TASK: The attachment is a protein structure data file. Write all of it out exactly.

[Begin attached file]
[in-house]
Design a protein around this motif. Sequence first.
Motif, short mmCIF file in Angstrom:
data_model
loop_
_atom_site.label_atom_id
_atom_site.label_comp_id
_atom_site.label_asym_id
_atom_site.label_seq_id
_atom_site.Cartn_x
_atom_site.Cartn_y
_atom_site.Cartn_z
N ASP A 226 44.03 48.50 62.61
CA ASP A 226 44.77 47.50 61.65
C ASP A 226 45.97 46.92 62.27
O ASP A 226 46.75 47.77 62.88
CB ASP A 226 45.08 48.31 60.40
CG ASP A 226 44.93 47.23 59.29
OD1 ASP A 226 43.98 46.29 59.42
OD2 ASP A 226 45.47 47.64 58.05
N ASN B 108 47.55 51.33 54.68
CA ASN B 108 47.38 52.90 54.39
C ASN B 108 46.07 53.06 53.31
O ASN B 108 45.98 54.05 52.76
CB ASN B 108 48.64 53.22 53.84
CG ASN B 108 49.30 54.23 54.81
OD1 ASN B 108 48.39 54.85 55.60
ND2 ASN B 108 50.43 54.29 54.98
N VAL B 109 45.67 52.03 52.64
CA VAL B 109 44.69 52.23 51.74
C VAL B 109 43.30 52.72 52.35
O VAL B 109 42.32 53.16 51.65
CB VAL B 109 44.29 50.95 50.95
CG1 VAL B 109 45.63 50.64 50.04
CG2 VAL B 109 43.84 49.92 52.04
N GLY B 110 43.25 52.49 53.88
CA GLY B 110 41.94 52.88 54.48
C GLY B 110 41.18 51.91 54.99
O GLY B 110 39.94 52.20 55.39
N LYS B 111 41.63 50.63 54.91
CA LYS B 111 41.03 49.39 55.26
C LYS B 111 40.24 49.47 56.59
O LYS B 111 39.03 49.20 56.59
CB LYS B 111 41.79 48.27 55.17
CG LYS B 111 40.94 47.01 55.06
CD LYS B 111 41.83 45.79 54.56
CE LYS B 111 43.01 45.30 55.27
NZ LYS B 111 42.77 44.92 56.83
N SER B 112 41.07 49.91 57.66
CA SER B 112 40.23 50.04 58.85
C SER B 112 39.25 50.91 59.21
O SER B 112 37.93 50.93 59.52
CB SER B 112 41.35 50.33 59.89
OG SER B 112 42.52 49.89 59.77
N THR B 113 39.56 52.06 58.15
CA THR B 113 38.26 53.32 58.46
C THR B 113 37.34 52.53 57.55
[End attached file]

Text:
[in-house]
Design a protein around this motif. Sequence first.
Motif, short mmCIF file in Angstrom:
data_model
loop_
_atom_site.label_atom_id
_atom_site.label_comp_id
_atom_site.label_asym_id
_atom_site.label_seq_id
_atom_site.Cartn_x
_atom_site.Cartn_y
_atom_site.Cartn_z
N ASP A 226 44.03 48.50 62.61
CA ASP A 226 44.77 47.50 61.65
C ASP A 226 45.97 46.92 62.27
O ASP A 226 46.75 47.77 62.88
CB ASP A 226 45.08 48.31 60.40
CG ASP A 226 44.93 47.23 59.29
OD1 ASP A 226 43.98 46.29 59.42
OD2 ASP A 226 45.47 47.64 58.05
N ASN B 108 47.55 51.33 54.68
CA ASN B 108 47.38 52.90 54.39
C ASN B 108 46.07 53.06 53.31
O ASN B 108 45.98 54.05 52.76
CB ASN B 108 48.64 53.22 53.84
CG ASN B 108 49.30 54.23 54.81
OD1 ASN B 108 48.39 54.85 55.60
ND2 ASN B 108 50.43 54.29 54.98
N VAL B 109 45.67 52.03 52.64
CA VAL B 109 44.69 52.23 51.74
C VAL B 109 43.30 52.72 52.35
O VAL B 109 42.32 53.16 51.65
CB VAL B 109 44.29 50.95 50.95
CG1 VAL B 109 45.63 50.64 50.04
CG2 VAL B 109 43.84 49.92 52.04
N GLY B 110 43.25 52.49 53.88
CA GLY B 110 41.94 52.88 54.48
C GLY B 110 41.18 51.91 54.99
O GLY B 110 39.94 52.20 55.39
N LYS B 111 41.63 50.63 54.91
CA LYS B 111 41.03 49.39 55.26
C LYS B 111 40.24 49.47 56.59
O LYS B 111 39.03 49.20 56.59
CB LYS B 111 41.79 48.27 55.17
CG LYS B 111 40.94 47.01 55.06
CD LYS B 111 41.83 45.79 54.56
CE LYS B 111 43.01 45.30 55.27
NZ LYS B 111 42.77 44.92 56.83
N SER B 112 41.07 49.91 57.66
CA SER B 112 40.23 50.04 58.85
C SER B 112 39.25 50.91 59.21
O SER B 112 37.93 50.93 59.52
CB SER B 112 41.35 50.33 59.89
OG SER B 112 42.52 49.89 59.77
N THR B 113 39.56 52.06 58.15
CA THR B 113 38.26 53.32 58.46
C THR B 113 37.34 52.53 57.55